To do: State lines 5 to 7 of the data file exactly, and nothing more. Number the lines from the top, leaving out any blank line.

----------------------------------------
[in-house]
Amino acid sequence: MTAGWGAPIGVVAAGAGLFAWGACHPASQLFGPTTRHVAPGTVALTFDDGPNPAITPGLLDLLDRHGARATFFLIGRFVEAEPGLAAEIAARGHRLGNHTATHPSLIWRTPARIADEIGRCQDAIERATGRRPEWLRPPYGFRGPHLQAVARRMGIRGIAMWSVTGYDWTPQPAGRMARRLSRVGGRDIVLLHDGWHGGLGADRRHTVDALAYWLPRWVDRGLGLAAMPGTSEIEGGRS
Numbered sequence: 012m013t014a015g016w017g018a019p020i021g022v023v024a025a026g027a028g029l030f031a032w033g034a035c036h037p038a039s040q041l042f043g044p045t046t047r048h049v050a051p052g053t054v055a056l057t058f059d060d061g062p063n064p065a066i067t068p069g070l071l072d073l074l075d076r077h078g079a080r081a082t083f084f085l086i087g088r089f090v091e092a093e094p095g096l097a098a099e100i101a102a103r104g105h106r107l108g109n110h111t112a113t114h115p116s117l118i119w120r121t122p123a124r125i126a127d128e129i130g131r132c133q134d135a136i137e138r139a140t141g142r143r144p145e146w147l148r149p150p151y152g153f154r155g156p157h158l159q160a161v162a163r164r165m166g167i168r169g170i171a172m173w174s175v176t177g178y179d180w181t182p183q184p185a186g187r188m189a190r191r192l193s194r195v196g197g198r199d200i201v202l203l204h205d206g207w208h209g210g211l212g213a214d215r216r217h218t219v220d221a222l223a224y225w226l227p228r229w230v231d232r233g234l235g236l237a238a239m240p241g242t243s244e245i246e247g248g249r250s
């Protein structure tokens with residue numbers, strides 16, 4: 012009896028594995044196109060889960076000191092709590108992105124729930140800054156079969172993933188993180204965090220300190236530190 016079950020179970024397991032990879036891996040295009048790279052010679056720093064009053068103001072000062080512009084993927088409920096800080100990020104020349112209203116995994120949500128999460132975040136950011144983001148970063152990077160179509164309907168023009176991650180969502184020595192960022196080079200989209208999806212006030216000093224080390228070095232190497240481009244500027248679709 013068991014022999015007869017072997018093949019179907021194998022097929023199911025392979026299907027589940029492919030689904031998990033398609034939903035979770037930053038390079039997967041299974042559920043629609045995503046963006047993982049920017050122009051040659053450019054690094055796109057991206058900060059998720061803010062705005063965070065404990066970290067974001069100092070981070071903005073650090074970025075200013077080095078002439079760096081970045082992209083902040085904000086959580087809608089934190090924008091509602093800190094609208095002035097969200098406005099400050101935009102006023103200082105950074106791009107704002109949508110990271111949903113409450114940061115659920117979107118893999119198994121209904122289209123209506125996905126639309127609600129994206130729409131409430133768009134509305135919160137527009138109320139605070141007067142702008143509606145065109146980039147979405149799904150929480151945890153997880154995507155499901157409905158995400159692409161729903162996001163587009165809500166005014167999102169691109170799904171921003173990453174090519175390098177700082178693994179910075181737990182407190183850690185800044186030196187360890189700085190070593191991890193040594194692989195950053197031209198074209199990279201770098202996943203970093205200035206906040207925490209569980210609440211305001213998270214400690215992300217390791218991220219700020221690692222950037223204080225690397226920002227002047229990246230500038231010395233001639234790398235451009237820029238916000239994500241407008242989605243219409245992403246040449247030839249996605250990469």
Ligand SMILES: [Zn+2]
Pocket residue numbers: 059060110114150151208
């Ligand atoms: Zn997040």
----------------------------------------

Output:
Ligand SMILES: [Zn+2]
Pocket residue numbers: 059060110114150151208
């Ligand atoms: Zn997040």